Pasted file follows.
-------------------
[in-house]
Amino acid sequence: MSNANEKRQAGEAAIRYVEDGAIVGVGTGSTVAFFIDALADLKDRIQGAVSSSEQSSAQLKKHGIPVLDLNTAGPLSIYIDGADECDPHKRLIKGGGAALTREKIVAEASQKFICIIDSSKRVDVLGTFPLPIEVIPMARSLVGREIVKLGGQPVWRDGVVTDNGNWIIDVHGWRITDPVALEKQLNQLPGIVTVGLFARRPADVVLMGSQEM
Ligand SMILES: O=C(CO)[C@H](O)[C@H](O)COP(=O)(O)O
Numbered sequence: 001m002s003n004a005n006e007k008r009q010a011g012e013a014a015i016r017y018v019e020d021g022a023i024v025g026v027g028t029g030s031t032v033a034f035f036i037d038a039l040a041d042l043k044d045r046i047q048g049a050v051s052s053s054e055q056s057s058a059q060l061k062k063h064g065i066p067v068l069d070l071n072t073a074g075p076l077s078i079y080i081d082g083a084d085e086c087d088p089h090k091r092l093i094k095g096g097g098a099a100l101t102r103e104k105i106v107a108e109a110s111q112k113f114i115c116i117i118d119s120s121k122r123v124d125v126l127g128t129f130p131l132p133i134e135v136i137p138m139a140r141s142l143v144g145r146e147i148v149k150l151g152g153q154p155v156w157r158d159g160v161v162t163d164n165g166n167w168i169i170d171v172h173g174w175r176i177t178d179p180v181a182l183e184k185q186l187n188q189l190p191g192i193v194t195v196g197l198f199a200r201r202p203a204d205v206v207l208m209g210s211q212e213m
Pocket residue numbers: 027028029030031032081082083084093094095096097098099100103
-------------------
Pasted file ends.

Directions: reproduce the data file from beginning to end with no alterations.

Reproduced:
[in-house]
Amino acid sequence: MSNANEKRQAGEAAIRYVEDGAIVGVGTGSTVAFFIDALADLKDRIQGAVSSSEQSSAQLKKHGIPVLDLNTAGPLSIYIDGADECDPHKRLIKGGGAALTREKIVAEASQKFICIIDSSKRVDVLGTFPLPIEVIPMARSLVGREIVKLGGQPVWRDGVVTDNGNWIIDVHGWRITDPVALEKQLNQLPGIVTVGLFARRPADVVLMGSQEM
Ligand SMILES: O=C(CO)[C@H](O)[C@H](O)COP(=O)(O)O
Numbered sequence: 001m002s003n004a005n006e007k008r009q010a011g012e013a014a015i016r017y018v019e020d021g022a023i024v025g026v027g028t029g030s031t032v033a034f035f036i037d038a039l040a041d042l043k044d045r046i047q048g049a050v051s052s053s054e055q056s057s058a059q060l061k062k063h064g065i066p067v068l069d070l071n072t073a074g075p076l077s078i079y080i081d082g083a084d085e086c087d088p089h090k091r092l093i094k095g096g097g098a099a100l101t102r103e104k105i106v107a108e109a110s111q112k113f114i115c116i117i118d119s120s121k122r123v124d125v126l127g128t129f130p131l132p133i134e135v136i137p138m139a140r141s142l143v144g145r146e147i148v149k150l151g152g153q154p155v156w157r158d159g160v161v162t163d164n165g166n167w168i169i170d171v172h173g174w175r176i177t178d179p180v181a182l183e184k185q186l187n188q189l190p191g192i193v194t195v196g197l198f199a200r201r202p203a204d205v206v207l208m209g210s211q212e213m
Pocket residue numbers: 027028029030031032081082083084093094095096097098099100103